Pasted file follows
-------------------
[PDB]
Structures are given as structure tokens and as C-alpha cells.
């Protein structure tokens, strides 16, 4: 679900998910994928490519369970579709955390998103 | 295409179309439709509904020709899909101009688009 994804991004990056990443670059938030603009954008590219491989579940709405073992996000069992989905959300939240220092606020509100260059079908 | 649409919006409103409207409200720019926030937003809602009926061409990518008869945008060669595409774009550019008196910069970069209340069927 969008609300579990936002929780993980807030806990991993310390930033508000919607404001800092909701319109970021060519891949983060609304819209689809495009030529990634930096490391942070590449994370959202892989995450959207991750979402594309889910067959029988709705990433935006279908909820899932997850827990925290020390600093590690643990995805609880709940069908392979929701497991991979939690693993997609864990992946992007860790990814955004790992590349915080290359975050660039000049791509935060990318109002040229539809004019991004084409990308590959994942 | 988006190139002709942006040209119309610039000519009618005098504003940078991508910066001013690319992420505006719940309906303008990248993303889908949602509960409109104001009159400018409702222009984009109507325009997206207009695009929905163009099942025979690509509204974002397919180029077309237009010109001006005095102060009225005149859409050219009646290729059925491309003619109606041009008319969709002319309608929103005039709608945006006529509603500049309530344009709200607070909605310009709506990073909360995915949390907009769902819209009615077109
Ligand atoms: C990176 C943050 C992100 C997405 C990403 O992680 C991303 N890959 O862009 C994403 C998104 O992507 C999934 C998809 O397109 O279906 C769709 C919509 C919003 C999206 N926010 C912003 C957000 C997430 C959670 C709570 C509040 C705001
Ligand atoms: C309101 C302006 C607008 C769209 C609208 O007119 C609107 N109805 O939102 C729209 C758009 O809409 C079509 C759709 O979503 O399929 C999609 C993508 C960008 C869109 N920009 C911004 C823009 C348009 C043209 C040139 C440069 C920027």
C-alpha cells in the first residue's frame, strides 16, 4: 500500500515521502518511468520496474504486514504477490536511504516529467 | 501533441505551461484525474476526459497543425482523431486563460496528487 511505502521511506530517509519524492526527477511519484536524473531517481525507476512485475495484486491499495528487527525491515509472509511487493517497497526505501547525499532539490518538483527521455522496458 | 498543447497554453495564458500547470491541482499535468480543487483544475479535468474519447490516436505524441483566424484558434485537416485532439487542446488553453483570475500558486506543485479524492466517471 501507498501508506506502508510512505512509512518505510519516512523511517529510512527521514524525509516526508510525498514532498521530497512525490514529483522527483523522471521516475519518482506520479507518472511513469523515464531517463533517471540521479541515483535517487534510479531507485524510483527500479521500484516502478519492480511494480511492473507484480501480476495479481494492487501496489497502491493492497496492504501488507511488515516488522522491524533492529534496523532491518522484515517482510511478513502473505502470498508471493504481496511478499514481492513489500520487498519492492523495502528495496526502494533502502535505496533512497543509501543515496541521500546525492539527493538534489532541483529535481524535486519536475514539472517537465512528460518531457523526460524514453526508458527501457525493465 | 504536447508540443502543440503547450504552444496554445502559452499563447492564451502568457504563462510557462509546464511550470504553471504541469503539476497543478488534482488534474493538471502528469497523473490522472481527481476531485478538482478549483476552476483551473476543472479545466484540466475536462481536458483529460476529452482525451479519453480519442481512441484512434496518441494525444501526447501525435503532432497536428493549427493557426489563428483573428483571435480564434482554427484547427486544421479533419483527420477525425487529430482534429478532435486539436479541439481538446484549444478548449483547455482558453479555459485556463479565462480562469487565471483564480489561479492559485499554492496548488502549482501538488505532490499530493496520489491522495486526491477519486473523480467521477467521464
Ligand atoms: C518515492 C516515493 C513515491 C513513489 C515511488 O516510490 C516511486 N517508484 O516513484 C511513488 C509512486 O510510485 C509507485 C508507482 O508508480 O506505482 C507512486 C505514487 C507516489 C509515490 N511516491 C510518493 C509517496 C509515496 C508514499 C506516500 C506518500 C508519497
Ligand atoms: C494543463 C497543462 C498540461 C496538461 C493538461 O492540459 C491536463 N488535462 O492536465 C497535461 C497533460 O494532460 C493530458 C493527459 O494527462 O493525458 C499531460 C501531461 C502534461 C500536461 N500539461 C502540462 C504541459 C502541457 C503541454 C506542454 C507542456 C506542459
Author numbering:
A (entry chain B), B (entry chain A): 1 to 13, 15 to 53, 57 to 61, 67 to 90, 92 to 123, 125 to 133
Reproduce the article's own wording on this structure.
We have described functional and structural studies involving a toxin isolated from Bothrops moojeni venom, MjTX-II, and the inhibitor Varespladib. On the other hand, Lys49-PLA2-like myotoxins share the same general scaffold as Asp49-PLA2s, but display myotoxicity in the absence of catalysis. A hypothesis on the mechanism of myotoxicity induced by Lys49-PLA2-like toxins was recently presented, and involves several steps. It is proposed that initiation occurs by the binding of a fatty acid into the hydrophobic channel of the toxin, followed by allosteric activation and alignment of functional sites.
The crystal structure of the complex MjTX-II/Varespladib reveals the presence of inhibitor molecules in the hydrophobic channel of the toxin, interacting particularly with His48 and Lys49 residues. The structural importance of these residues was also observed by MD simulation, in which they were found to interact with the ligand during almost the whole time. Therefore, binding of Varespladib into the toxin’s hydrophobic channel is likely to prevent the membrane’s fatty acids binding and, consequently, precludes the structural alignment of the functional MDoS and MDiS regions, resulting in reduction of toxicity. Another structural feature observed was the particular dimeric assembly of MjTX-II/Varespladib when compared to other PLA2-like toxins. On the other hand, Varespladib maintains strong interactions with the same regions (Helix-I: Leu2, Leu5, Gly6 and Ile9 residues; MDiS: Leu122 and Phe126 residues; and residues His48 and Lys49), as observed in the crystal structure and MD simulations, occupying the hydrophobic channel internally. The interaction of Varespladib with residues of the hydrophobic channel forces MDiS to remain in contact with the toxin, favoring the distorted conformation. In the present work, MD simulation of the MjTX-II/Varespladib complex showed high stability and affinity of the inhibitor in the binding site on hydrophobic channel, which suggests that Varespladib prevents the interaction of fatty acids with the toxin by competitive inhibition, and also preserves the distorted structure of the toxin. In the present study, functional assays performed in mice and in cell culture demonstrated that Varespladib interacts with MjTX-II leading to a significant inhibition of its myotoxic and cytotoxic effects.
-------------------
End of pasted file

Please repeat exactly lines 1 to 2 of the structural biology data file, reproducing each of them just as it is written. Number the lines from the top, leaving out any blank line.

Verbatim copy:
[PDB]
Structures are given as structure tokens and as C-alpha cells.